Steve Chapman

We all know how we got into this economic mess. We spent too much, borrowed with abandon and acted like the bills would never come due. So what's the prescription for getting out? Spending more, borrowing more and acting like the bills will never come due.

When something sounds too good to be true, it usually is. This alleged cure deserves special scrutiny because it invites our policymakers to redouble the very policies that caused the crisis. Congress and the new administration are all too eager to abandon restraint so that we can overcome the consequences of excess.

Take mortgages. The current recession stems from the popping of the real estate bubble, which came about because too much money went into housing. But now the Obama administration and House Democrats are pushing to assure more investment in housing.

They intend to raise the limit on loans that mortgage giants Fannie Mae and Freddie Mac can buy from $417,000 last year to $729,750 in some markets. And James Lockhart, who oversees the two companies as head of the Federal Housing Finance Agency, told The Wall Street Journal they should accept a lower rate of return than in the past in order to help Americans buy homes.

But it's worth remembering where our problems began: with an oversupply of housing. Channeling more funds into the residential sector will encourage more home building, which will worsen the glut, which will push prices down even further and generate more foreclosures, which will deepen the recession.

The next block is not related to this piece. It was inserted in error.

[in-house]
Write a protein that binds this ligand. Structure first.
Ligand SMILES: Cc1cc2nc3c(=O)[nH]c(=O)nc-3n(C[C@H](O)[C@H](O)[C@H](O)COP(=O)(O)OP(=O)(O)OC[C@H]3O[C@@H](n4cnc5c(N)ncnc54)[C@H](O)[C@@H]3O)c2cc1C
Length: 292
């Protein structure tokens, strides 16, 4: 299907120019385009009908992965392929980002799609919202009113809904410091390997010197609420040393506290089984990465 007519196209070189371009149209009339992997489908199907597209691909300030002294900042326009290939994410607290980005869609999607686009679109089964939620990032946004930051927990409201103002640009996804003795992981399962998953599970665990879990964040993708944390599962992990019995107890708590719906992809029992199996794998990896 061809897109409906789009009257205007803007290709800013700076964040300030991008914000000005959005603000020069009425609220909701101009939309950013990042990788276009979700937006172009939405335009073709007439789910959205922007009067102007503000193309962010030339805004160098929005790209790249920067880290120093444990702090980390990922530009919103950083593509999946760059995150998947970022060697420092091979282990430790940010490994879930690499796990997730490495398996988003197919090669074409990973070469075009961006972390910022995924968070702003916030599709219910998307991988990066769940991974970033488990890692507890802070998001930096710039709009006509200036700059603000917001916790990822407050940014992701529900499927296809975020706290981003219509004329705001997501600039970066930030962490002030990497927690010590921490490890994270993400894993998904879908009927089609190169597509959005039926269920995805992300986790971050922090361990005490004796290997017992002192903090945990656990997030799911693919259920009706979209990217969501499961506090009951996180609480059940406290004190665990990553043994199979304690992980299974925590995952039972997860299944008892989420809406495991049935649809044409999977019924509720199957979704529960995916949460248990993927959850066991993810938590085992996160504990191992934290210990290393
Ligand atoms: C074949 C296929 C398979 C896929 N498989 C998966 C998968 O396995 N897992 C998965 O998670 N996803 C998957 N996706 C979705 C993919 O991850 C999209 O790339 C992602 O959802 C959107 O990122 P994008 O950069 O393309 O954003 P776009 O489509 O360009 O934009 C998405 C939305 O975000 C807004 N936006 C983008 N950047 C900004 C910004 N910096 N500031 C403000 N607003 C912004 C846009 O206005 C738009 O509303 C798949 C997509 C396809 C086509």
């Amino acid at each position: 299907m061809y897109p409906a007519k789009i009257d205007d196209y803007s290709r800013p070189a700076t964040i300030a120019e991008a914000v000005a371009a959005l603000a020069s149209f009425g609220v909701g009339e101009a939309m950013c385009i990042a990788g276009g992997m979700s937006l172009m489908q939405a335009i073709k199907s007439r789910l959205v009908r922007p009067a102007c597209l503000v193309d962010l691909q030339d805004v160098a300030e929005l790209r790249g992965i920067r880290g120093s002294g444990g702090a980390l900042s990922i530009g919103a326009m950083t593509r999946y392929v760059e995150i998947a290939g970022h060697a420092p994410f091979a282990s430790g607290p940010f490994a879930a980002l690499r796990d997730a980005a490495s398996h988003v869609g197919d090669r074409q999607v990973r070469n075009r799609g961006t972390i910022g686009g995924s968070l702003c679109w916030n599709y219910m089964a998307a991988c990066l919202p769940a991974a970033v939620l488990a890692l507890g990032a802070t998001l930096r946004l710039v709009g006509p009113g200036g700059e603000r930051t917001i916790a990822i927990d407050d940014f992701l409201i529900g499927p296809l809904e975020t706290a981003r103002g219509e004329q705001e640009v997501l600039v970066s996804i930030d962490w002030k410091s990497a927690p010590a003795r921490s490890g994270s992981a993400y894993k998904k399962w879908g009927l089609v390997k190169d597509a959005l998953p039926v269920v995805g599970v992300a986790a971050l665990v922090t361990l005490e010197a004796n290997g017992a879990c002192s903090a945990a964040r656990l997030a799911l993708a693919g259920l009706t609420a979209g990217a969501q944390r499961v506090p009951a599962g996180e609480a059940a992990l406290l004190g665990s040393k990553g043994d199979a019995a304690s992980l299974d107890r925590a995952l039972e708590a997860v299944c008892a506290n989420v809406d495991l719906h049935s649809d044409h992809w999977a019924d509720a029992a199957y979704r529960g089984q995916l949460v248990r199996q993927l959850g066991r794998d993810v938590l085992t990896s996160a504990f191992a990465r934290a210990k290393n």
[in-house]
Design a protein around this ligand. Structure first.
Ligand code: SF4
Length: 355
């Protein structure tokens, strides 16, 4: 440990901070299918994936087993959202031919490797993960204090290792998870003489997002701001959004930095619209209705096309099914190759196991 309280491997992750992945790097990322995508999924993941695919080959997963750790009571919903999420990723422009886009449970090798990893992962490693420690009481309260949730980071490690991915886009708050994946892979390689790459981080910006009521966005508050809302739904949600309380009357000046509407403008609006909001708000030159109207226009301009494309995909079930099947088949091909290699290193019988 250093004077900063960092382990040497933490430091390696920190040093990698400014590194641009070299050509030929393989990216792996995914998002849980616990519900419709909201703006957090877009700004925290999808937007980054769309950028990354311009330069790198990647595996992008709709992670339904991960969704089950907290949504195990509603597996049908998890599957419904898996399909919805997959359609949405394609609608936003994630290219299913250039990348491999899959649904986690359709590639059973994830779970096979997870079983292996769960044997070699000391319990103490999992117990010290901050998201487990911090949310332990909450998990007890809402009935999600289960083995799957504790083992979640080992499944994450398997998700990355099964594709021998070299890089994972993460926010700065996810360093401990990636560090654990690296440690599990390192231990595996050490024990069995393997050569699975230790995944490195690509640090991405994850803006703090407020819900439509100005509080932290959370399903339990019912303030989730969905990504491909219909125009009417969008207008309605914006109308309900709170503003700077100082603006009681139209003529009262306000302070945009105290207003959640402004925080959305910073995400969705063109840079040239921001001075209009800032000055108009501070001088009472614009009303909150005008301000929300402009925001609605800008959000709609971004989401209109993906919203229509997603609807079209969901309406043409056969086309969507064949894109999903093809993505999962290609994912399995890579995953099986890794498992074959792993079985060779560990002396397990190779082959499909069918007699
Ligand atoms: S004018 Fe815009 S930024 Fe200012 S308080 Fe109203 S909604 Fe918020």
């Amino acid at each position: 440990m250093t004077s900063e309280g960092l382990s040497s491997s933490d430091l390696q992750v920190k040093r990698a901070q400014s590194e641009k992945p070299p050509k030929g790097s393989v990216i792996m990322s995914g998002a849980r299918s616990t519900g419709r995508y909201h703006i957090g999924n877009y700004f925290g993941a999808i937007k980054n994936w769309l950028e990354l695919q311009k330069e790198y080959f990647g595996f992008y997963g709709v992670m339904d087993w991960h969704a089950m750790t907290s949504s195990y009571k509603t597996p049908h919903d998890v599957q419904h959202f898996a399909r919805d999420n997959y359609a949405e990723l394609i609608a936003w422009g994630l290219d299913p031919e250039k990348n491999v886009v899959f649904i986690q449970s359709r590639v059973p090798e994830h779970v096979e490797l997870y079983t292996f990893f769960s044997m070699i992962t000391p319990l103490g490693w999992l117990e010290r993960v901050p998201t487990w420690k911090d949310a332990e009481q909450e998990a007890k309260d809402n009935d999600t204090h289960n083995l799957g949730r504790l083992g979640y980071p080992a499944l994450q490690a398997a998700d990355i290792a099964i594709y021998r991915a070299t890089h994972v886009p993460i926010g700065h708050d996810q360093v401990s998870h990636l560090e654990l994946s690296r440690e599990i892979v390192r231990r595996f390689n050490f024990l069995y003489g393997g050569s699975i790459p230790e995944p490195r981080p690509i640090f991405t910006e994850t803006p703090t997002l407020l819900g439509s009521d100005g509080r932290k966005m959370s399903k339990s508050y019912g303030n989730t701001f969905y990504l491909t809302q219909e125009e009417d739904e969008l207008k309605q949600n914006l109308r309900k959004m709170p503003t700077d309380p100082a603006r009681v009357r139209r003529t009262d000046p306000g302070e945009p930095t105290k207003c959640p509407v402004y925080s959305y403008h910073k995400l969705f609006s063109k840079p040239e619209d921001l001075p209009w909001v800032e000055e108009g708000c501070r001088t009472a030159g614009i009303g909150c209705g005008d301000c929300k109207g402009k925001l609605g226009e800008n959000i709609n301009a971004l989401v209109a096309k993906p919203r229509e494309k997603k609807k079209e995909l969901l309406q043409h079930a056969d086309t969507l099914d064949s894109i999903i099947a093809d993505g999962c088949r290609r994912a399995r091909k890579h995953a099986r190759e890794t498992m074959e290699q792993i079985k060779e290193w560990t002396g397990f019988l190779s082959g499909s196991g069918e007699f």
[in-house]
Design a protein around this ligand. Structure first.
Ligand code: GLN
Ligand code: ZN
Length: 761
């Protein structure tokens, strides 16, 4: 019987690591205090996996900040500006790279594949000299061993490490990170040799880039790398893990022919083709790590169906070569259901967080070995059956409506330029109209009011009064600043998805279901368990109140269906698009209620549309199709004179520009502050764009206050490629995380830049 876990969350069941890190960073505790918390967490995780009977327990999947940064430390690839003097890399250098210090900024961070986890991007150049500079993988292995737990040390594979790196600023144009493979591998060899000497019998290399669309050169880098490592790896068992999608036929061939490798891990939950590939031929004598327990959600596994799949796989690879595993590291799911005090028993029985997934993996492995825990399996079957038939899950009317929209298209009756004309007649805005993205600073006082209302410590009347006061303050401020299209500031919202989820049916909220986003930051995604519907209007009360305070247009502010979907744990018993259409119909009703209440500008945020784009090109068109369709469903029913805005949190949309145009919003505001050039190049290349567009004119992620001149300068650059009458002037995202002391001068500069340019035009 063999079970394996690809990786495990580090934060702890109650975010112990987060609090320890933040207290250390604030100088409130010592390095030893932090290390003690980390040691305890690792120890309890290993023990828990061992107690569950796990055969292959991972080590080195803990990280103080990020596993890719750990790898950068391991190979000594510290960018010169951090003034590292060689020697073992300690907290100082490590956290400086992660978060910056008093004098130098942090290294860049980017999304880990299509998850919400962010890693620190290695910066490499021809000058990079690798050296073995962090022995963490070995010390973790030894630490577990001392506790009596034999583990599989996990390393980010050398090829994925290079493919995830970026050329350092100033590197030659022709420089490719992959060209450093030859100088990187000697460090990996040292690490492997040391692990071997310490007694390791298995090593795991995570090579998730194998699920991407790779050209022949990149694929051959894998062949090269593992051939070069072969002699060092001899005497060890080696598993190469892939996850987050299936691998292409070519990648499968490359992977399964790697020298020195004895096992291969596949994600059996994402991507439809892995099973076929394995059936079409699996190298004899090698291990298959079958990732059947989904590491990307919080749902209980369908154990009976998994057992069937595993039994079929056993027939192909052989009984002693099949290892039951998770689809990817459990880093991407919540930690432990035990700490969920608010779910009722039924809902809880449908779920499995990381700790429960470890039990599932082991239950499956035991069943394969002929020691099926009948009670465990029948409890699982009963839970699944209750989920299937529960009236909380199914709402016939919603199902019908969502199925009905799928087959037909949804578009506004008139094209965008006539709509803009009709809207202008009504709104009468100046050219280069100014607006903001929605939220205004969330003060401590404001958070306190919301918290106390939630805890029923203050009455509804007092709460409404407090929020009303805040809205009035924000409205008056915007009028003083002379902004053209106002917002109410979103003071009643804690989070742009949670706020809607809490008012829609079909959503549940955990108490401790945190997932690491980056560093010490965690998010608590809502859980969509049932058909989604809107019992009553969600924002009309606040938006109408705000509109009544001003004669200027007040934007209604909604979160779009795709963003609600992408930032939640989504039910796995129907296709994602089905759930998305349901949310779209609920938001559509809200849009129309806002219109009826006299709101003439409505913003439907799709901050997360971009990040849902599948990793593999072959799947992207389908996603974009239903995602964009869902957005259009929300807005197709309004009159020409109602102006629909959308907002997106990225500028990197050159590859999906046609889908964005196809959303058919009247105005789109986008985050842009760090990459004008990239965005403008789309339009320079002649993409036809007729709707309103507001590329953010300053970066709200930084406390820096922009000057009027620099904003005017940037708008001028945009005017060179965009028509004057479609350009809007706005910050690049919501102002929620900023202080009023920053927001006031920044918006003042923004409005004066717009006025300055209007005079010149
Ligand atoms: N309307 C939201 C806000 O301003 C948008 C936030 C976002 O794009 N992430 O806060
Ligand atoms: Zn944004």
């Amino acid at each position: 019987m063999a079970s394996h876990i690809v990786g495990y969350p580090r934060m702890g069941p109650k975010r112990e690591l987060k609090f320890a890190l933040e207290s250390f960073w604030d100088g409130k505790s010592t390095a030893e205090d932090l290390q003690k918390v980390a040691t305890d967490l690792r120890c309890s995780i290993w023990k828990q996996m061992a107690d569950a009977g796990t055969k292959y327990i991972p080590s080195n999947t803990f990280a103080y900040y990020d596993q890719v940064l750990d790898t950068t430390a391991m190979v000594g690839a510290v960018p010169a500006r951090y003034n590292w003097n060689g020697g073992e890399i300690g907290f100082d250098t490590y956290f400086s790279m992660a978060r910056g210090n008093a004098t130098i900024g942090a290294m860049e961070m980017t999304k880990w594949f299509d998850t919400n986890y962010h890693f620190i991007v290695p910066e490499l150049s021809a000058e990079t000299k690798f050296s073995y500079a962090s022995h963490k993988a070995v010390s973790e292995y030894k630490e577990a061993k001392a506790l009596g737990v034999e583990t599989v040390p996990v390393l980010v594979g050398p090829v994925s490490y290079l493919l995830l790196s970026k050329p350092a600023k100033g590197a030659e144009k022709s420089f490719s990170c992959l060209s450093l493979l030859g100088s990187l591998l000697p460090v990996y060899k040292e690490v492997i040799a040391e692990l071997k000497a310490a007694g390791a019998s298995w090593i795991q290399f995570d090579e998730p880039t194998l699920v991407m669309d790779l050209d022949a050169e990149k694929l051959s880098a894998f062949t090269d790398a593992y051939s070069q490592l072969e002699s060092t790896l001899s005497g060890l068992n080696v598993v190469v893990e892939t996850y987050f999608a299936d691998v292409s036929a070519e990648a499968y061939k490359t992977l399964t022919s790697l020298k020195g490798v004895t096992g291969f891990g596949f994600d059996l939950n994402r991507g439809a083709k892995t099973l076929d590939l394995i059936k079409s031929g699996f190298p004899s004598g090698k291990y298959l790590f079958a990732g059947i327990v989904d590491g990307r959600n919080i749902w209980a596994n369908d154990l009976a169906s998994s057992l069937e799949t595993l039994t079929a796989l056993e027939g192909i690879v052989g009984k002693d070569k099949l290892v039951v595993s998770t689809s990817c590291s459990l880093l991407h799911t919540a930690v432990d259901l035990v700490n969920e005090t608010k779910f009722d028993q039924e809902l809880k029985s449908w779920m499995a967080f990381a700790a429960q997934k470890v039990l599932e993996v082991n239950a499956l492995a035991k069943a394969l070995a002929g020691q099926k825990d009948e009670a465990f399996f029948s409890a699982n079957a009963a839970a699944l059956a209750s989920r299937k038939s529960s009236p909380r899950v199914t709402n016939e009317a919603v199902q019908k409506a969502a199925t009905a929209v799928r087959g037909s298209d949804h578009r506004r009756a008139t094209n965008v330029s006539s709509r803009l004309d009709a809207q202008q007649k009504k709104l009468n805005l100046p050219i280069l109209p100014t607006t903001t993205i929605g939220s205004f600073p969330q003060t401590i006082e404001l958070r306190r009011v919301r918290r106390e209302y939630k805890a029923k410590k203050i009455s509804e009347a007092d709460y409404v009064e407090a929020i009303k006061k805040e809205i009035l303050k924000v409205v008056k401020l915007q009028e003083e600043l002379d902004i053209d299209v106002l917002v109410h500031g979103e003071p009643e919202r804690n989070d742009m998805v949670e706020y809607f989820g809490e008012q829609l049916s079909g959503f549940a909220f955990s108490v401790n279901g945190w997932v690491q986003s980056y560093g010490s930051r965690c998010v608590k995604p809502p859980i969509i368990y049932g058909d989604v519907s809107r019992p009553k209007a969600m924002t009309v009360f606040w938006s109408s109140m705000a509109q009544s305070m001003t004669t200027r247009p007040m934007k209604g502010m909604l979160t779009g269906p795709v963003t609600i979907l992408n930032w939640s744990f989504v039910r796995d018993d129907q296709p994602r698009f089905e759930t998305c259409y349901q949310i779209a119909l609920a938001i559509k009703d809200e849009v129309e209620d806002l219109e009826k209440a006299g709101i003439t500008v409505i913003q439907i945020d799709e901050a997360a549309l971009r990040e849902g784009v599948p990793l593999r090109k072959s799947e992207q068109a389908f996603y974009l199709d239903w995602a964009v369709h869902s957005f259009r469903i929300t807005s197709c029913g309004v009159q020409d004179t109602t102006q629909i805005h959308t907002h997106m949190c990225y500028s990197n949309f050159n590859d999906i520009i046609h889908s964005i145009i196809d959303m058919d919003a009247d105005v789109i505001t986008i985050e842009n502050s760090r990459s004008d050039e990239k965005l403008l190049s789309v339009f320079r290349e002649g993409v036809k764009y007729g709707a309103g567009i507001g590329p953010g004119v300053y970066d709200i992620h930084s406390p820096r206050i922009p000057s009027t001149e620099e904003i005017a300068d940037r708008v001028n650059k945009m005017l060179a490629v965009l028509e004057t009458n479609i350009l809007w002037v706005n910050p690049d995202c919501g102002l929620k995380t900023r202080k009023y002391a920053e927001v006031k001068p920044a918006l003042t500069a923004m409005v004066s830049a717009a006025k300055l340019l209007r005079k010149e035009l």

The sad reality is that the housing sector has gotten too big and will have to shrink. A lot of people who prospered from catering to the inflated demand for housing, from carpenters to real estate agents, will have to find new ways to make a living. That's what the end of a bubble means.

But plenty of people in Washington are nostalgic for the good old days. It's not just in housing. The Treasury and the Federal Reserve had to inject hundreds of billions of dollars to shore up banks battered by loans that went bad -- toxic debt, it was called. So we want banks to be more prudent, right? Wrong. Congress is complaining that banks that received federal aid are being overly stingy.

Well, yes. If a lot of your loans go bad, it's a sign that you need to exercise more care. That's especially true during a recession, which can wipe out companies that once were profitable. Any bankers who want to keep lending at the rate they did before are asking to become insolvent, and more insolvent banks would drag down the economy.

Steve Chapman

Steve Chapman is a columnist and editorial writer for the Chicago Tribune.

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